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A Weekend Between Trips

I knew she’d be trouble.  My week away had wound her up, but it was her persistent hunger pangs that drove her mad.  12 hours between meals for a teenager is too long.  And as much as I wanted to finish reading the history of the sacking of Berwick in 1296, my office was being sacked while I ignored her.  First she got up under my book, pushing it back up to my chest.  I conceded a moment to pet her.  Next came the knocking about of small nuisance items, easy to ignore.  Finally, she got up on the end table, flicked her tail at me and knocked the lamp to the floor, shattering the bulb as it landed upside down.  Point made.  I cleaned up the shards of glass, righted the lamp and fed the cats.  It wasn’t yet dawn, but the fast was broken.

I’ve been reading up on Scottish and English history in preparation for my trip.  I’ll call it a refresher course, as I’ve read much of it before, but with the immediacy of a pending trip I realize what I don’t know.  A personal goal is to never visit a place ignorant of its significance.  As with this trip, there’s so much to digest and so little time.  But we make do with the time we have, don’t we?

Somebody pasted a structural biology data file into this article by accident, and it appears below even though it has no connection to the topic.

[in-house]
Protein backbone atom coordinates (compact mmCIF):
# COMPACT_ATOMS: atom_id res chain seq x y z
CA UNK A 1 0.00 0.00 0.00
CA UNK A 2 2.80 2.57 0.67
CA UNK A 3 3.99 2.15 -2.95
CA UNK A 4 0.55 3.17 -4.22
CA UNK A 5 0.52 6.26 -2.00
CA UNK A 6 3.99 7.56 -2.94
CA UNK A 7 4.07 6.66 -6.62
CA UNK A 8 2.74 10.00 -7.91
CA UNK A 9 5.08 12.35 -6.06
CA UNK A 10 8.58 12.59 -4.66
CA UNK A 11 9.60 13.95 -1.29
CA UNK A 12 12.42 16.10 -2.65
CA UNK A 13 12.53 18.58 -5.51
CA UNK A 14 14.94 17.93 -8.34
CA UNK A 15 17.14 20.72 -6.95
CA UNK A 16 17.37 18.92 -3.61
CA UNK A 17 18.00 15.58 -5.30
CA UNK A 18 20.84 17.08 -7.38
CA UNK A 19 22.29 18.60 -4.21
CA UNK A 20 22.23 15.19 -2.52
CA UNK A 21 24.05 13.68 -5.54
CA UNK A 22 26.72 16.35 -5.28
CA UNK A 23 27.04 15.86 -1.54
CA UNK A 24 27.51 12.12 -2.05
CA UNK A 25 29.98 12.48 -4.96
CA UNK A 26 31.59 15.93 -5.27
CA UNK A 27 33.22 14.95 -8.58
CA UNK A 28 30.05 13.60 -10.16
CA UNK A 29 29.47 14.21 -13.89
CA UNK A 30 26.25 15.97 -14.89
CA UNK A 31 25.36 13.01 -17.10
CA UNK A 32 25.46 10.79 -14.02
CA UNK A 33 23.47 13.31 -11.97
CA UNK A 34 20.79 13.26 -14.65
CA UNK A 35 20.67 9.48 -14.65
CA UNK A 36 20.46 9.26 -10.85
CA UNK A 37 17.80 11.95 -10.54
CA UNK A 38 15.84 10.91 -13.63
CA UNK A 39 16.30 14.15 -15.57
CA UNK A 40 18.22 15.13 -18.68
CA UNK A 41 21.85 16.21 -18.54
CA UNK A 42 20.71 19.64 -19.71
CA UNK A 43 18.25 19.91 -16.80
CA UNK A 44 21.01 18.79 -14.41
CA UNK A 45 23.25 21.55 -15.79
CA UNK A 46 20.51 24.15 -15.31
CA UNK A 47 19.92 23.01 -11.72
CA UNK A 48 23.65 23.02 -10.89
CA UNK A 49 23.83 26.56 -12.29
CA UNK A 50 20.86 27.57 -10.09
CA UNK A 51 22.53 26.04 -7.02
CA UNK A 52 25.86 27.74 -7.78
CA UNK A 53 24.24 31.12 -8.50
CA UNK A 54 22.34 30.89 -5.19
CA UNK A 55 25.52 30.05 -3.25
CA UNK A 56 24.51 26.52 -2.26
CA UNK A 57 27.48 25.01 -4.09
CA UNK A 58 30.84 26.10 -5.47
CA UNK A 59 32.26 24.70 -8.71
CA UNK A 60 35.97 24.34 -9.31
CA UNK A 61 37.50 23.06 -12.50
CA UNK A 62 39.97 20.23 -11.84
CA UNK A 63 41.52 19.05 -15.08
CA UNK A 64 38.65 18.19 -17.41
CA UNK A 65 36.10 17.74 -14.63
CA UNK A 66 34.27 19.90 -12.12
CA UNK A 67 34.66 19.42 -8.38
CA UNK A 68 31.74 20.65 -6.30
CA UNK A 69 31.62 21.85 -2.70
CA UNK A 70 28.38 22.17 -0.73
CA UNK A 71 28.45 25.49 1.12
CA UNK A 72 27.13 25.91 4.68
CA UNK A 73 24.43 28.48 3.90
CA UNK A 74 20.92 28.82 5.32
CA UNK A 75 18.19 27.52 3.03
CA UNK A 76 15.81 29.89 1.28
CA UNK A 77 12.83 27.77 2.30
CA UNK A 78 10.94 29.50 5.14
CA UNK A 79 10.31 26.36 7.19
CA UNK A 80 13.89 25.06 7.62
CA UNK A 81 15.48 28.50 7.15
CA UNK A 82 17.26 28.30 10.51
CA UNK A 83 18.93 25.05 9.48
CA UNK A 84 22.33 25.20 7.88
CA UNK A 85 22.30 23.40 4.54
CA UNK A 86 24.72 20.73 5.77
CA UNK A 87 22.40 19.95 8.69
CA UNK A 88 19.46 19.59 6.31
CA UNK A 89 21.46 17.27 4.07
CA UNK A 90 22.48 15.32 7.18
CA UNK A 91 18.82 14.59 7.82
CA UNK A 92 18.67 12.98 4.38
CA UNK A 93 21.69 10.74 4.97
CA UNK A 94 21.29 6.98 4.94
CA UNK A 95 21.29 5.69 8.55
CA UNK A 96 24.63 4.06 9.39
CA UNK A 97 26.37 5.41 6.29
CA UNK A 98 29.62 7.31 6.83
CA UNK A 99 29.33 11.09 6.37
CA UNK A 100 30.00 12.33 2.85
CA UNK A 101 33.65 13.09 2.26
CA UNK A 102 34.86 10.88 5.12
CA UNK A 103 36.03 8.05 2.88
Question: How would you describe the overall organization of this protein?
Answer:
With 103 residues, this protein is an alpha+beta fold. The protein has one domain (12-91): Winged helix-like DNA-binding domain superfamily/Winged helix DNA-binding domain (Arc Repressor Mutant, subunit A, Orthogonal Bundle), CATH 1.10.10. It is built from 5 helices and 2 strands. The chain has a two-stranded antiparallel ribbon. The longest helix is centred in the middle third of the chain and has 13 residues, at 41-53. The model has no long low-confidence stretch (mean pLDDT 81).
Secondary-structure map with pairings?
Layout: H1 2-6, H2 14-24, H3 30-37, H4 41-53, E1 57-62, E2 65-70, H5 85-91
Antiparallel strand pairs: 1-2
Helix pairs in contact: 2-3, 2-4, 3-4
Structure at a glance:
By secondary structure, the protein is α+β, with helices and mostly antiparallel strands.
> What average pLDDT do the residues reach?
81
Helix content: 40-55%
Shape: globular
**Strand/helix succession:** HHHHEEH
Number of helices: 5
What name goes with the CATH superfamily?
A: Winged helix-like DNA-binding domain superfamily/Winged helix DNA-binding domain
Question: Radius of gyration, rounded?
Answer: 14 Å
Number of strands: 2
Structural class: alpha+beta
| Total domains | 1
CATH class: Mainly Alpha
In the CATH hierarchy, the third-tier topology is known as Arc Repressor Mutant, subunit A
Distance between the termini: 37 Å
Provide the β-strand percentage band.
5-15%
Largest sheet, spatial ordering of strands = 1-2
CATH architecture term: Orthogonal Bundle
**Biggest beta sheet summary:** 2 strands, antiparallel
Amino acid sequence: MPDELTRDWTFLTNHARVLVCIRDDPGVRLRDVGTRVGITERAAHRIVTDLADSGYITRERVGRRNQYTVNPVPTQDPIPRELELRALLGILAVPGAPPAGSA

Over the summer I smiled at my daughter as she packed and repacked bags for her semester abroad.  Now, just back from a week away and leaving in a few days for my own trip abroad, the joke’s on me.  There’s a lot to do before the trip, not least of which is taking care of matters on the home front before we leave.  Security cameras?  Check.  Alert neighbors to keep an eye on things?  To be checked.  Arrangements to have the cats fed so there’s a house left to come home to?  Definitely checked.

I’ve mentally circled this weekend as the in-between time.  I had a business trip that wrapped up last night, a couple of days to get loose ends tied, and then off to the airport for the next trip.  The preparation is largely done.  The lists are made and ready for checking.  Last minute purchases of toiletries, laundry to do, decisions to be made on what to leave out when the bags grow inevitably overstuffed.  I feel like I just got home (I did), but I’m eager to get going once again.  The travel bug has got ahold of me once again.  My apologies to the cat.

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